This is the second time I have used Affairs of the Heart as a title to a post. The previous time was January 20th, 2012 (and I’m republishing that post tomorrow). How time flies!
Indeed, in a little over two week’s time, on July 15th, all you dear, dear readers and I will be celebrating me writing this blog for seven years! Indeed, how time flies!
Yesterday, John Zande from down in Brazil, another great friend of this place, posted a comment that included a most powerful video. His comment was, “Not sure if this link will work, but this is a lovely story of an adoption that saved a life.”
It has to be that way. For evolution is a product of the decline of one variant of life (plant, animal, insect, higher order ‘animals’, etc. ) and a new aspect of that life emerging (or not). That’s how it has to be for the beauty of life, the beauty of life in all its forms (even including politicians! 😉 ). Life is a function of a “gradual decline into disorder“.
I’m not a religious person, nor is Jean, and do not believe in any form of afterlife. When I die that’s it.
I was born in 1944. I am ageing. I have suffered some brain atrophy that means that my recall is terrible. I know that the ageing process is going to continue. It scares me. At least it motivates me to keep as physically and mentally fit as I can.
I have tried hard most of my life to stay fit, physically and mentally. I’m only now aware of the reward of such an attitude.
But I haven’t been emotionally fit. In the sense of not truly knowing who I am and what my values are. That darkness was illuminated for me in the Summer of 2007, thanks to Jon.
That very moving video of Eric and Peety speaks of Eric being saved by Peety. I so deeply understand Eric.
For in December, 2007, just a few months after Jon (as in being the best we can be) made me fully aware of my distorted view of myself I travelled out to Mexico and met Jean and all her dogs.
Jean has saved me. Directly from the love, companionship and intimate friendship that she offers me. But Jean has also saved me indirectly. By that I mean from me living my daily life these last nearly ten years surrounded by the most beautiful dogs that one could imagine. Those dogs, each one of them in their own special way, also offering me love, companionship and intimate friendship.
Prior to December, 2007 I didn’t know how to feel my true emotions and, in consequence, didn’t know how to express them. Jean and the dogs have enabled me to feel my true emotions, and to express them. Dozens of things pain me and it’s rare day when I don’t have the odd weep or two. However, dozens of things please me each day and now bring out a laugh, or a giggle. Even better, dozens of times each day I am loved by our dogs and the gift that goes with that love is me feeling so beautifully accepted; accepted in an utterly unconditional manner.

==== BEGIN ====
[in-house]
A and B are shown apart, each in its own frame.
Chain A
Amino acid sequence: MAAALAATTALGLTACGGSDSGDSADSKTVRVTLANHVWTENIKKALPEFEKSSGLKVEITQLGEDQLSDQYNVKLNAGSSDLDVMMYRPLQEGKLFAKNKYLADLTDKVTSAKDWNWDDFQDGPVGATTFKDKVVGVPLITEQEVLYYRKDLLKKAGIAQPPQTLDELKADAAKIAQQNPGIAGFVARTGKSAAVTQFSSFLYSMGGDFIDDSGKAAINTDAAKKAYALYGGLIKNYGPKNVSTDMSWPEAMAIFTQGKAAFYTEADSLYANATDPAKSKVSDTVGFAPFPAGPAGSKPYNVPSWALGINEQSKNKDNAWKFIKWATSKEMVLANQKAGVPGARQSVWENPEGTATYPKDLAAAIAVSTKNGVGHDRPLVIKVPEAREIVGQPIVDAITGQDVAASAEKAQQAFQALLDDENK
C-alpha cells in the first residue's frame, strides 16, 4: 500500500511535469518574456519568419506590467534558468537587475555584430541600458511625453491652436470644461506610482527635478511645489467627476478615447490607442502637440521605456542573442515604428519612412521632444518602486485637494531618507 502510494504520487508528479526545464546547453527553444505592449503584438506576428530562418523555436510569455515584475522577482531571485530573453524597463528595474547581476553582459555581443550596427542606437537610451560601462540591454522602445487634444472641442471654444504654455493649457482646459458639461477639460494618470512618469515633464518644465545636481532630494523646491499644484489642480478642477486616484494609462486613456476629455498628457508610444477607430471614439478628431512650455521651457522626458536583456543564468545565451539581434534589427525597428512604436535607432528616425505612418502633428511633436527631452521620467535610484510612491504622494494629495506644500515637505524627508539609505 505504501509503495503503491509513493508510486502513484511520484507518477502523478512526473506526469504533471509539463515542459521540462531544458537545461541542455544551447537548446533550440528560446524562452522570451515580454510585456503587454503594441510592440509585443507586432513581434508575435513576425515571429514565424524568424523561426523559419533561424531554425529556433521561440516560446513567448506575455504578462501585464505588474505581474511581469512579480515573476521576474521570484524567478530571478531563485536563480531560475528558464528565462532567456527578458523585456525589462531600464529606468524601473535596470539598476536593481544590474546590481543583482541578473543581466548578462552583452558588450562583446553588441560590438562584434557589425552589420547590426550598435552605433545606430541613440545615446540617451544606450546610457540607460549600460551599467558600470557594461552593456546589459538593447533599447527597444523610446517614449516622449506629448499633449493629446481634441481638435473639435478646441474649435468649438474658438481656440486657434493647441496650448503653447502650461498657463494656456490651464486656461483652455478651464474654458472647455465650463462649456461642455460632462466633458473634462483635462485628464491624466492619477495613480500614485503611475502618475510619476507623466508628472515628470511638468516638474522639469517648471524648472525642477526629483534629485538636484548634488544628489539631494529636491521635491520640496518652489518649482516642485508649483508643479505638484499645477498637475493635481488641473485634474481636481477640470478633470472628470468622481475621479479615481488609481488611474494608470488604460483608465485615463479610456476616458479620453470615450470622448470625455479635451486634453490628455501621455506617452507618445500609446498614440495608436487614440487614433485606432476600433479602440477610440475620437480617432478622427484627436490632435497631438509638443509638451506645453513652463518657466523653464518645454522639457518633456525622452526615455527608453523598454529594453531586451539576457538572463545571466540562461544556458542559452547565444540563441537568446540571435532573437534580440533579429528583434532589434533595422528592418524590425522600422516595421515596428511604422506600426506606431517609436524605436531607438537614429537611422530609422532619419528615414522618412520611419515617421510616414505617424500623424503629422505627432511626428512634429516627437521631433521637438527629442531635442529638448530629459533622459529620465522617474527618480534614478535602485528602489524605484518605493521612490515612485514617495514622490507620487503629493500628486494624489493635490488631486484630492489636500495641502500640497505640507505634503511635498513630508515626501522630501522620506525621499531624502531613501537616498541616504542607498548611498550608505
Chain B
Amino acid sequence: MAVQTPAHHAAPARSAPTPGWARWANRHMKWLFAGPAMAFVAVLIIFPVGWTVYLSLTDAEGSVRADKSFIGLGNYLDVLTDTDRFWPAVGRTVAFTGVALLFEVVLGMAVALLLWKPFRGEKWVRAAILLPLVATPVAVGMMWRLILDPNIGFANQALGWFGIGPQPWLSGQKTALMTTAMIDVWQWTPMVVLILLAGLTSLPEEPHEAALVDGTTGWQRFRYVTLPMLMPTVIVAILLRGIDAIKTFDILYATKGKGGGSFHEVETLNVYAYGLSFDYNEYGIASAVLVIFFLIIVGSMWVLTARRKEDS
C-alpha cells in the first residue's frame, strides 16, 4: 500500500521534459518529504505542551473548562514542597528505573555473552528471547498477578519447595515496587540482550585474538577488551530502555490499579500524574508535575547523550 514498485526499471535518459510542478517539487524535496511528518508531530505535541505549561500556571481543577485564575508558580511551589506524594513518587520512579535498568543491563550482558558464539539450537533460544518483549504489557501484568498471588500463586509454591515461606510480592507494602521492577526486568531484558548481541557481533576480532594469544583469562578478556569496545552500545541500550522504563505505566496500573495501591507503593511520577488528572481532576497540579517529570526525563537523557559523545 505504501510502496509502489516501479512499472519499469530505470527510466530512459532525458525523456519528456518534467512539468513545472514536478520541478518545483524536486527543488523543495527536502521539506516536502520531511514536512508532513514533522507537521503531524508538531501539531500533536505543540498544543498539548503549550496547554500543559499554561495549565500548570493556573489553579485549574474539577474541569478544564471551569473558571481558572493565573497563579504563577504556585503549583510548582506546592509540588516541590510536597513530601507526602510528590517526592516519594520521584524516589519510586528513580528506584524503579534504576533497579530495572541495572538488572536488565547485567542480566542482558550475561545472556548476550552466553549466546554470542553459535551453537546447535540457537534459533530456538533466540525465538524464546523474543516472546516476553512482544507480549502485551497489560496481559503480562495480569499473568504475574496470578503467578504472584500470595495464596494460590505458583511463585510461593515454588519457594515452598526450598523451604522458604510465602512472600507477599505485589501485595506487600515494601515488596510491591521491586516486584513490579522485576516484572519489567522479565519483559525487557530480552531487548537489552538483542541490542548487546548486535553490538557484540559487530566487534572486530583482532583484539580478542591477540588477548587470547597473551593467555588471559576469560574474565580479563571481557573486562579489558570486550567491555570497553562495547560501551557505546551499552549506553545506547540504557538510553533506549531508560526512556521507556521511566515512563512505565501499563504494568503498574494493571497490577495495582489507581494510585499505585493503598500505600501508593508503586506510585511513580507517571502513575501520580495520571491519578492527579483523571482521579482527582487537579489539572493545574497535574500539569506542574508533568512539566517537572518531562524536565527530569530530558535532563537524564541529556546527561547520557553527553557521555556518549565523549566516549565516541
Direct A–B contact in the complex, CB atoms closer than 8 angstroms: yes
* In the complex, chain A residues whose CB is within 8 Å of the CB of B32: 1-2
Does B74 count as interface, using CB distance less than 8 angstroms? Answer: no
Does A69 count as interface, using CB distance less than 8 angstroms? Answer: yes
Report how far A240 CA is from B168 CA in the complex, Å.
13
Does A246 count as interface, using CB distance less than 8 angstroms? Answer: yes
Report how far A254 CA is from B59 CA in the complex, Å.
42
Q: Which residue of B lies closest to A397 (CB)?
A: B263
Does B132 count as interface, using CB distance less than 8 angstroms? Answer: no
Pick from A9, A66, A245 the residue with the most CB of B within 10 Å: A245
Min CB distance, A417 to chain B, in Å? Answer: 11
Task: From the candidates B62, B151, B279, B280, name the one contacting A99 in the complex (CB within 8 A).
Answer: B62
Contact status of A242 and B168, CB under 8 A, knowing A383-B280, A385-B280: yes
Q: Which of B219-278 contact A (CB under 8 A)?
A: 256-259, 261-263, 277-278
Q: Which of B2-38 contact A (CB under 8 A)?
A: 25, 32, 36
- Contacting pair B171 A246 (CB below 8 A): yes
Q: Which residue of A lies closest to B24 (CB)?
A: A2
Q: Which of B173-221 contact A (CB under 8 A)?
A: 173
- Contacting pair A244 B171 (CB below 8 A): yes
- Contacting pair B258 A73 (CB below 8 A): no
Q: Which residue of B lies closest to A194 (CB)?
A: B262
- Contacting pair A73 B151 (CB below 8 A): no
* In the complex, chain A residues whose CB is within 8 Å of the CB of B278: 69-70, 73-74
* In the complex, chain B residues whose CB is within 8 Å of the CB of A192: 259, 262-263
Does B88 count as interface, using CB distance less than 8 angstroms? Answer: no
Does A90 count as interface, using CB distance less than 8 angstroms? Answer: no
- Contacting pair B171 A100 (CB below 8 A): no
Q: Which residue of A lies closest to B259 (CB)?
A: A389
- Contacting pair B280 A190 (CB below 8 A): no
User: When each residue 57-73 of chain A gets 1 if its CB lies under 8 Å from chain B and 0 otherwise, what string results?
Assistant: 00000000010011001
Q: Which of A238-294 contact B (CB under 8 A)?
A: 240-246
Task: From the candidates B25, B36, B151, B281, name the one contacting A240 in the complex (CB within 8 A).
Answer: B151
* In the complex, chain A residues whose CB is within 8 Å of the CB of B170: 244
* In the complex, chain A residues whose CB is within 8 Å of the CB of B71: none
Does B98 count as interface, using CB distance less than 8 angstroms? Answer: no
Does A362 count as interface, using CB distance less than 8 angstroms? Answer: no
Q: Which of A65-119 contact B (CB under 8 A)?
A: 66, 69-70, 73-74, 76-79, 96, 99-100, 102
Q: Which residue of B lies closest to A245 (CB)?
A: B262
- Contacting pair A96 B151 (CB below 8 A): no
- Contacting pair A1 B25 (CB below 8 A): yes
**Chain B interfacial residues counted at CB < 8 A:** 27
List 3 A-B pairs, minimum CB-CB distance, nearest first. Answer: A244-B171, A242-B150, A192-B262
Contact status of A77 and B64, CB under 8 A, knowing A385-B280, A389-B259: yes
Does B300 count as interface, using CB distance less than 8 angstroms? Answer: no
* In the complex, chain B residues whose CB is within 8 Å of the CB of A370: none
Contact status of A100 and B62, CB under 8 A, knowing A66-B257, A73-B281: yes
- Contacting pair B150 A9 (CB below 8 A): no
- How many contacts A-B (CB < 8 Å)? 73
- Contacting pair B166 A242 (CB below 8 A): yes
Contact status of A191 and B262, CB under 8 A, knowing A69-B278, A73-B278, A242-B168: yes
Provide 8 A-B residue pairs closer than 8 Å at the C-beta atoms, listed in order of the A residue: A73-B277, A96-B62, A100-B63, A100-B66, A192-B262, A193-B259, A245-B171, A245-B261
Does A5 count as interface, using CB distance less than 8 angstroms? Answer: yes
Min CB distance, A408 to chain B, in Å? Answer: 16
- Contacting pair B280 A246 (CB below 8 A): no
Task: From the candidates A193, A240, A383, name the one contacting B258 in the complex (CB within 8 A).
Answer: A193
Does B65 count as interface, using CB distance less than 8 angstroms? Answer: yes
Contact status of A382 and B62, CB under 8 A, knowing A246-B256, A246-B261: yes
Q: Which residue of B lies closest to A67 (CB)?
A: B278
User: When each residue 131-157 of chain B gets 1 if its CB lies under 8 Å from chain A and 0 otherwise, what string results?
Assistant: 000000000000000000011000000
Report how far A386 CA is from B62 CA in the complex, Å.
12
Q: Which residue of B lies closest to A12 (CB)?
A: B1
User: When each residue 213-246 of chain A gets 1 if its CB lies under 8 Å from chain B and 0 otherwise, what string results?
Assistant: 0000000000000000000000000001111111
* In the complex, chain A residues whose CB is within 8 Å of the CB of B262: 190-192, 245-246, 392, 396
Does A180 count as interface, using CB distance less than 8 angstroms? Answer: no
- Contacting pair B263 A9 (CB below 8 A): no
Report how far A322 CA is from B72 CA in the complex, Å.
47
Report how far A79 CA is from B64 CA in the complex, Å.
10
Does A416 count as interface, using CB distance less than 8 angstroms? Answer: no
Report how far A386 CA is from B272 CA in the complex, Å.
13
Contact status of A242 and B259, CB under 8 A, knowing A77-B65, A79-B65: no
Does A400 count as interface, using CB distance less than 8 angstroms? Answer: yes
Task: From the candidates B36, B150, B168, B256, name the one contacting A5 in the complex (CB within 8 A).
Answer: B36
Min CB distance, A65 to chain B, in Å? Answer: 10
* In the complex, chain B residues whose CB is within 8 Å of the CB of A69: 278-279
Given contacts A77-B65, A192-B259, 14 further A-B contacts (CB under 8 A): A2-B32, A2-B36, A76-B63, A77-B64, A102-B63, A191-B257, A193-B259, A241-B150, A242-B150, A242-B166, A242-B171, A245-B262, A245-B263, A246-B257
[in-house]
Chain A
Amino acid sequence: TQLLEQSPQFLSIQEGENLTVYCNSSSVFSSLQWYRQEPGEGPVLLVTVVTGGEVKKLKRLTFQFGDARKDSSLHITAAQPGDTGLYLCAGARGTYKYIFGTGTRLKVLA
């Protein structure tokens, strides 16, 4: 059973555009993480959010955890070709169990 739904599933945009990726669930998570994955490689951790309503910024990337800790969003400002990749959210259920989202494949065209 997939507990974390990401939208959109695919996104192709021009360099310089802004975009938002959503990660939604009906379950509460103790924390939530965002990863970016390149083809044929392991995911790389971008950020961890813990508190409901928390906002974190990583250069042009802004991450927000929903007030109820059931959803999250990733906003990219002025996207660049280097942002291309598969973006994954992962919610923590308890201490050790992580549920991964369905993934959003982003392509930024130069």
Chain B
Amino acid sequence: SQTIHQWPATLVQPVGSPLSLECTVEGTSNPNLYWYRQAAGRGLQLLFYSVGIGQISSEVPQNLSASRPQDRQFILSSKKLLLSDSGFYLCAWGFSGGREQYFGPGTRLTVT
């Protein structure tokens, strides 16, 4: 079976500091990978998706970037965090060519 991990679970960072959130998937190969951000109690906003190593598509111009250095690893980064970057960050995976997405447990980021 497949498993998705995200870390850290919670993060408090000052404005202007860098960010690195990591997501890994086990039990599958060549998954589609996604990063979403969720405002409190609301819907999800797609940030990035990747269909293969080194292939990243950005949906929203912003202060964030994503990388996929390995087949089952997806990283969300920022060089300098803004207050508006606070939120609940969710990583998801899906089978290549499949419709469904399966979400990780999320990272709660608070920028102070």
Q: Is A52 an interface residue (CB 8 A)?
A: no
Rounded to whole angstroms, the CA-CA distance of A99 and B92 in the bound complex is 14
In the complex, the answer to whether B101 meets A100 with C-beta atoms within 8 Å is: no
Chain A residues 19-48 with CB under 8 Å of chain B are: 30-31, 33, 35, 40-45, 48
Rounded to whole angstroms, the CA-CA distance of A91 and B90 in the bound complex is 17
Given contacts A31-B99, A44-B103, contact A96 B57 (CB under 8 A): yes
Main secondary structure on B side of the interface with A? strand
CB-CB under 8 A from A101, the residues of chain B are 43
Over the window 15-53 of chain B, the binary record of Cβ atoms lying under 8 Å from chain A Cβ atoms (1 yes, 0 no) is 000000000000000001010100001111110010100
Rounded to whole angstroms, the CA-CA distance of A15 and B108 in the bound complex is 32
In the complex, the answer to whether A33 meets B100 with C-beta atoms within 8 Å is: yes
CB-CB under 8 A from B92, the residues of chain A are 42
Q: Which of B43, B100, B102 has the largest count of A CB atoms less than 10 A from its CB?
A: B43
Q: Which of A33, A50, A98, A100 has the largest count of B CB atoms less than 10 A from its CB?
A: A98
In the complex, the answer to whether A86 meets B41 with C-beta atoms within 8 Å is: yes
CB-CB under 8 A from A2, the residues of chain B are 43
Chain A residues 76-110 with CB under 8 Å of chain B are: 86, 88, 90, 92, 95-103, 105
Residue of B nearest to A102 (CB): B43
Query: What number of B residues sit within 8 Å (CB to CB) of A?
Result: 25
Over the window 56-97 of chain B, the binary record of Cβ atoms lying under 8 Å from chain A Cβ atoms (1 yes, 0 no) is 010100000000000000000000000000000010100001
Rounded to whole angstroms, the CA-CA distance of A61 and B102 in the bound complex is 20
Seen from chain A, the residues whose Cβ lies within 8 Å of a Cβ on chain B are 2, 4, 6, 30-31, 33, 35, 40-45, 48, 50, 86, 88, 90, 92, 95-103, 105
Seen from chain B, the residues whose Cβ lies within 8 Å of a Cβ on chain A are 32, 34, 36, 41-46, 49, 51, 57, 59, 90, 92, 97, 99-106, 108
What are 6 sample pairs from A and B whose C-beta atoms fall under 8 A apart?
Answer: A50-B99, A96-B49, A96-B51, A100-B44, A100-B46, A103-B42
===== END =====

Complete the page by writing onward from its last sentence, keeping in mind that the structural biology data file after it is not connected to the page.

The love given to me from our dogs and the love from my beautiful Jean make it so easy for me to be good to myself. That love, from Jeannie and the dogs, has been a gift to me beyond my imagination.
I have hanging on my office wall a framed print of a poem by Roy Croft. I gave it to Jeannie on the first anniversary of our marriage. I want to share Roy Croft’s words with you. For they so beautifully describe the gift of love I receive from Jean. But in a way that I suspect Mr. Croft didn’t imagine when he first penned his poem, his words also so beautifully describe the gift of love I receive from our dogs.
“Love” by Roy Croft
I love you,
Not only for what you are,
But for what I am
When I am with you.
I love you,
Not only for what
You have made of yourself,
But for what
You are making of me.
I love you
For the part of me
That you bring out;
I love you
For putting your hand
Into my heaped-up heart
And passing over
All the foolish, weak things
That you can’t help
Dimly seeing there,
And for drawing out
Into the light
All the beautiful belongings
That no one else had looked
Quite far enough to find.
I love you because you
Are helping me to make
Of the lumber of my life
Not a tavern
But a temple;
Out of the works
Of my every day
Not a reproach
But a song.
I love you
Because you have done
More than any creed
Could have done
To make me good
And more than any fate
Could have done
To make me happy.
You have done it
Without a touch,
Without a word,
Without a sign.
You have done it
By being yourself.
Perhaps that is what
Being a friend means,
If you have read my post through to the end, thank you!